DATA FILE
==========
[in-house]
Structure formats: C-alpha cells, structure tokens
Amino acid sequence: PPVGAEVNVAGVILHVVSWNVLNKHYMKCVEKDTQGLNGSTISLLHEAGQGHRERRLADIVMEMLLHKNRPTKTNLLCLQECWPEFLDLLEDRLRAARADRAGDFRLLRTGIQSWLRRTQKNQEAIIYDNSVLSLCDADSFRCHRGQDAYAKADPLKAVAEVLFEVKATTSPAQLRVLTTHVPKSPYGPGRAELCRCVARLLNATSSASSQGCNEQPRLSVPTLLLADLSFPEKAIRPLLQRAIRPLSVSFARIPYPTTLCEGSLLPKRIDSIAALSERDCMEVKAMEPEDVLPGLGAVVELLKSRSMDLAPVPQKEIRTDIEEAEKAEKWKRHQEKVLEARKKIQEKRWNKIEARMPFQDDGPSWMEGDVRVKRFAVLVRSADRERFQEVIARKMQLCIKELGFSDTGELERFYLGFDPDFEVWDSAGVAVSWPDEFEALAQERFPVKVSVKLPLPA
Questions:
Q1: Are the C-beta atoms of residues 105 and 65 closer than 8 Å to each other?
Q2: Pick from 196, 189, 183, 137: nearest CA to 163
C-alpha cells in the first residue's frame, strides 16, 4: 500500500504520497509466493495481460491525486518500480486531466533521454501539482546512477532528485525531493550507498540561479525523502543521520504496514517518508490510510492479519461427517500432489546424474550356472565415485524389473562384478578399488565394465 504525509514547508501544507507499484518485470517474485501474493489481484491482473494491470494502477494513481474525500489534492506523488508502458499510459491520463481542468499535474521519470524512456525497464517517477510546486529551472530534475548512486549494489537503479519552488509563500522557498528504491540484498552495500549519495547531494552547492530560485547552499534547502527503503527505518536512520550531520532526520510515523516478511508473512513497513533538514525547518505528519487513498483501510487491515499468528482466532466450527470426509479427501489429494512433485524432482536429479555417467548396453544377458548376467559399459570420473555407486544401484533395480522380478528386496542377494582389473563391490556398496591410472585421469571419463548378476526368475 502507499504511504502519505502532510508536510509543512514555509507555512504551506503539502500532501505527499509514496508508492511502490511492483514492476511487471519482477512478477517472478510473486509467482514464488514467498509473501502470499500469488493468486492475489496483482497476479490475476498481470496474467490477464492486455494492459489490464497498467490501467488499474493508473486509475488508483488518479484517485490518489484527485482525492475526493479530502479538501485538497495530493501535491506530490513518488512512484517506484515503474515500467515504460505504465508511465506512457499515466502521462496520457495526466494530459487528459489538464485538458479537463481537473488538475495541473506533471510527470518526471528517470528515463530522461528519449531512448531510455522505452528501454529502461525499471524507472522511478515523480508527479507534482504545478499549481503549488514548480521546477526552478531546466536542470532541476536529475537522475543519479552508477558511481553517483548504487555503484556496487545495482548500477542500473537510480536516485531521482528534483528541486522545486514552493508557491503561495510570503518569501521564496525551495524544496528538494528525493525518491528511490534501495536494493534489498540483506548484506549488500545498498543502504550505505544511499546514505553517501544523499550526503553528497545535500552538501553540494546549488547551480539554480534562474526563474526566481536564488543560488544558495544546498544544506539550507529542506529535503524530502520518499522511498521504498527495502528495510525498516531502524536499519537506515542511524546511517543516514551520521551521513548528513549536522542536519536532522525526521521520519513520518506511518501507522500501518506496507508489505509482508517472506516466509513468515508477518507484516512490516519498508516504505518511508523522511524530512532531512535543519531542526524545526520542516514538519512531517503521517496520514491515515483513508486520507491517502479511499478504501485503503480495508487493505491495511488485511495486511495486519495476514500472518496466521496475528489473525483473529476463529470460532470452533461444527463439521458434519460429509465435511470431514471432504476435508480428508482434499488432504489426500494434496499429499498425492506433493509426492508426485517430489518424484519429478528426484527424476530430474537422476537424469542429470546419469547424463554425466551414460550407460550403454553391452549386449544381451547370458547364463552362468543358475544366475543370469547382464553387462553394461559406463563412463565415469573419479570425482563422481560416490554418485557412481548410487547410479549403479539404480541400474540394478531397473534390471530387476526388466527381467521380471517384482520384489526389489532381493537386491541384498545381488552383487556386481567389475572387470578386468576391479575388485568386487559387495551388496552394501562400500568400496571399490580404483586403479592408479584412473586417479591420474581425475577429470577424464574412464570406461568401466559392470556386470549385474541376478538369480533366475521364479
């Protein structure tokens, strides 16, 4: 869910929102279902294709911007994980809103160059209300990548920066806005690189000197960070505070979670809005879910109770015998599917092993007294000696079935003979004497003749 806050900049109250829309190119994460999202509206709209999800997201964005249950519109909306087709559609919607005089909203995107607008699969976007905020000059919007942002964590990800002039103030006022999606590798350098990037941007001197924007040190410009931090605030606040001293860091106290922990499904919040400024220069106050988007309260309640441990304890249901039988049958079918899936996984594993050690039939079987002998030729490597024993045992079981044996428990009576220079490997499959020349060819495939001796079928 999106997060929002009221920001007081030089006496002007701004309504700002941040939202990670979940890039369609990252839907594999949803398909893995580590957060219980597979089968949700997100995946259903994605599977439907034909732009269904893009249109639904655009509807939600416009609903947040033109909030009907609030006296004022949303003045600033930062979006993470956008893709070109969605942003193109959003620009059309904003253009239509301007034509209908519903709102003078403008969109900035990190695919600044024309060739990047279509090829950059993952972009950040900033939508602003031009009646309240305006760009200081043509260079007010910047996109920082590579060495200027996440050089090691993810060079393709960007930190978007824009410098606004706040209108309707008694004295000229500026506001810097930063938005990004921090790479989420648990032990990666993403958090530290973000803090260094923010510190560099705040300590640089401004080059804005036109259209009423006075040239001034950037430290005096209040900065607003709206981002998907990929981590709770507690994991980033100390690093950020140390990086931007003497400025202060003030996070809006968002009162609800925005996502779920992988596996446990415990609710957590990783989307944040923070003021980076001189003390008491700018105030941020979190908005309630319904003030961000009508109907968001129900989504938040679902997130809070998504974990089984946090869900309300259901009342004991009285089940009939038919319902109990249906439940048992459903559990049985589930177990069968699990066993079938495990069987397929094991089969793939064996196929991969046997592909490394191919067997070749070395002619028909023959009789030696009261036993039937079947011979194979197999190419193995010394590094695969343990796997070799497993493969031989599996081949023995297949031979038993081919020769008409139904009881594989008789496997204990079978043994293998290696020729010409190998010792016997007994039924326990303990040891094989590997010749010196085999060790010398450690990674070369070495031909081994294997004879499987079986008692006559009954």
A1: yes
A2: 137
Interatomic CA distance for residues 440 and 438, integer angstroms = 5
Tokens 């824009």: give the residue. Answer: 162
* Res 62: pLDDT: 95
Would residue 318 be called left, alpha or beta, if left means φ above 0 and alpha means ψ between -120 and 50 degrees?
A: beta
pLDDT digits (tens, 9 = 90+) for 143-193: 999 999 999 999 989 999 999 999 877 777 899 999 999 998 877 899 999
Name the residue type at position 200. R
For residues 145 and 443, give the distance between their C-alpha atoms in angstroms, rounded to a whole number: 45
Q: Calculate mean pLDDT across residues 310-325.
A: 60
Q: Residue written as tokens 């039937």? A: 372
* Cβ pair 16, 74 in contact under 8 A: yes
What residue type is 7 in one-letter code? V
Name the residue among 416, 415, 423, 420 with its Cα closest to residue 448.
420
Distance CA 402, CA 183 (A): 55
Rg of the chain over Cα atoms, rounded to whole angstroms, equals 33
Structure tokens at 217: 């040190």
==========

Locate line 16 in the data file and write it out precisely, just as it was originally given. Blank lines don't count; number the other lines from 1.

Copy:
pLDDT digits (tens, 9 = 90+) for 143-193: 999 999 999 999 989 999 999 999 877 777 899 999 999 998 877 899 999